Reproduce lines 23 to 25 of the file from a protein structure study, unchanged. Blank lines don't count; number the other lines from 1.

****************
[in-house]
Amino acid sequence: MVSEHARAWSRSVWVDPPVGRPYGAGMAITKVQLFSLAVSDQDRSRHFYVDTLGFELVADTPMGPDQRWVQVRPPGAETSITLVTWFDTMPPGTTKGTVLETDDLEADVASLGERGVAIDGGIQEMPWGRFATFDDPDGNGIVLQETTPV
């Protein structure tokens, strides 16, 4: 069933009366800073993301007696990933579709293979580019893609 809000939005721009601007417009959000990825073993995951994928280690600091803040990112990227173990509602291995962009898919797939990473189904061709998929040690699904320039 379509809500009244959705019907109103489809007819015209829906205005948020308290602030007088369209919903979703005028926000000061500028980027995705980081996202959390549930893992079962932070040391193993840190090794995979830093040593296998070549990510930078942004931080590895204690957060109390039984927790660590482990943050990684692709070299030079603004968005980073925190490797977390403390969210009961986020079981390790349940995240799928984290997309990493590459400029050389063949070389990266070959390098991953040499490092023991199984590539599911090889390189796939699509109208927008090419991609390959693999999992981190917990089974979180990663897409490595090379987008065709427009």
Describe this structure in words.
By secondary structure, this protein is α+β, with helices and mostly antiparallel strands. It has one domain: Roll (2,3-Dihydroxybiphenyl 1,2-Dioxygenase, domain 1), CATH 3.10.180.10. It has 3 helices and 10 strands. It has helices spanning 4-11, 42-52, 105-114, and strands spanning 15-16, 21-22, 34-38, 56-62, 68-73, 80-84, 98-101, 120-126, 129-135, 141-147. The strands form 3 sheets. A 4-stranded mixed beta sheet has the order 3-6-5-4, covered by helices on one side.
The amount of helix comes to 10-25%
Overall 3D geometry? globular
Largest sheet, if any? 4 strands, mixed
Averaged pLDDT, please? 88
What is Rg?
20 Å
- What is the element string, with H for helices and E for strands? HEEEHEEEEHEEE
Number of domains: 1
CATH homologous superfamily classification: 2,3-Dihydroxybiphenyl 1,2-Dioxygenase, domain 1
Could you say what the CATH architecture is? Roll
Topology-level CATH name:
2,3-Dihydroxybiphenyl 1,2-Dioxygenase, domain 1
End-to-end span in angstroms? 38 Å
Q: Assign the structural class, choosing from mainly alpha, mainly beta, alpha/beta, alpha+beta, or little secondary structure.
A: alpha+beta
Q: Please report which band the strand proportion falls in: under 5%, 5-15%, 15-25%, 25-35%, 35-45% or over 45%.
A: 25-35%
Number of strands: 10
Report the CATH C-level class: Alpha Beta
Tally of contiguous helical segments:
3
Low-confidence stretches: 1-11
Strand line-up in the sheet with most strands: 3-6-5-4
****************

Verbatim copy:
Number of strands: 10
Report the CATH C-level class: Alpha Beta
Tally of contiguous helical segments: